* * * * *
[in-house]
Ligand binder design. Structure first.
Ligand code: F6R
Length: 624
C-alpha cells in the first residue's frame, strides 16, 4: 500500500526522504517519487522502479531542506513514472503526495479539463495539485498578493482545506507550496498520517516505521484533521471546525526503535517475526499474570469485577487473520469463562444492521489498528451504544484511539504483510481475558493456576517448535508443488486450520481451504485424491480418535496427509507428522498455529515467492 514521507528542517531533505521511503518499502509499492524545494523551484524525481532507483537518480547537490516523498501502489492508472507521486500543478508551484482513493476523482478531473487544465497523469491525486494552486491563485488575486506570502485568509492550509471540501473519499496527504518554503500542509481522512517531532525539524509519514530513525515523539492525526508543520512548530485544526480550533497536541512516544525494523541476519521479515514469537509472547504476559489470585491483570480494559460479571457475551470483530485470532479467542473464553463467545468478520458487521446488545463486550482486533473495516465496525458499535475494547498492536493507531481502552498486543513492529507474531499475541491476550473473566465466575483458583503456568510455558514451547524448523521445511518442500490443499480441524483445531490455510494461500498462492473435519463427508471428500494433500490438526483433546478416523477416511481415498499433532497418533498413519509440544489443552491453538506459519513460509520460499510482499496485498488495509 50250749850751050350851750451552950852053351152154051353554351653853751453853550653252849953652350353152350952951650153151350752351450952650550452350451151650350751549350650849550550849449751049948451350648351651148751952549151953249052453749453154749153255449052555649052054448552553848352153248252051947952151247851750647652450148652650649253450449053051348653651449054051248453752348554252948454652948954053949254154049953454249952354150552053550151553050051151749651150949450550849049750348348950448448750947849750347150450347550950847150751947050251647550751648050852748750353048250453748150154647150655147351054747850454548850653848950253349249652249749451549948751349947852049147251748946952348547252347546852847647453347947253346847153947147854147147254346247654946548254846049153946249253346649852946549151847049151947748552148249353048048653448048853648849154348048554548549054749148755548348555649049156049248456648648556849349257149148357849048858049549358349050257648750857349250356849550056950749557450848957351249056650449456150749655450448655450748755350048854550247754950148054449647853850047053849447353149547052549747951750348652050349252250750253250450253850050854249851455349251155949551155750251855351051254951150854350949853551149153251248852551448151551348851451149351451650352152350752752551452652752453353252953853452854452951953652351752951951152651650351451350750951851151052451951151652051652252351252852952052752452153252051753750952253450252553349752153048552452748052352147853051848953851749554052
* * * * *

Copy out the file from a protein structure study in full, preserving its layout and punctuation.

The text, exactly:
[in-house]
Ligand binder design. Structure first.
Ligand code: F6R
Length: 624
C-alpha cells in the first residue's frame, strides 16, 4: 500500500526522504517519487522502479531542506513514472503526495479539463495539485498578493482545506507550496498520517516505521484533521471546525526503535517475526499474570469485577487473520469463562444492521489498528451504544484511539504483510481475558493456576517448535508443488486450520481451504485424491480418535496427509507428522498455529515467492 514521507528542517531533505521511503518499502509499492524545494523551484524525481532507483537518480547537490516523498501502489492508472507521486500543478508551484482513493476523482478531473487544465497523469491525486494552486491563485488575486506570502485568509492550509471540501473519499496527504518554503500542509481522512517531532525539524509519514530513525515523539492525526508543520512548530485544526480550533497536541512516544525494523541476519521479515514469537509472547504476559489470585491483570480494559460479571457475551470483530485470532479467542473464553463467545468478520458487521446488545463486550482486533473495516465496525458499535475494547498492536493507531481502552498486543513492529507474531499475541491476550473473566465466575483458583503456568510455558514451547524448523521445511518442500490443499480441524483445531490455510494461500498462492473435519463427508471428500494433500490438526483433546478416523477416511481415498499433532497418533498413519509440544489443552491453538506459519513460509520460499510482499496485498488495509 50250749850751050350851750451552950852053351152154051353554351653853751453853550653252849953652350353152350952951650153151350752351450952650550452350451151650350751549350650849550550849449751049948451350648351651148751952549151953249052453749453154749153255449052555649052054448552553848352153248252051947952151247851750647652450148652650649253450449053051348653651449054051248453752348554252948454652948954053949254154049953454249952354150552053550151553050051151749651150949450550849049750348348950448448750947849750347150450347550950847150751947050251647550751648050852748750353048250453748150154647150655147351054747850454548850653848950253349249652249749451549948751349947852049147251748946952348547252347546852847647453347947253346847153947147854147147254346247654946548254846049153946249253346649852946549151847049151947748552148249353048048653448048853648849154348048554548549054749148755548348555649049156049248456648648556849349257149148357849048858049549358349050257648750857349250356849550056950749557450848957351249056650449456150749655450448655450748755350048854550247754950148054449647853850047053849447353149547052549747951750348652050349252250750253250450253850050854249851455349251155949551155750251855351051254951150854350949853551149153251248852551448151551348851451149351451650352152350752752551452652752453353252953853452854452951953652351752951951152651650351451350750951851151052451951151652051652252351252852952052752452153252051753750952253450252553349752153048552452748052352147853051848953851749554052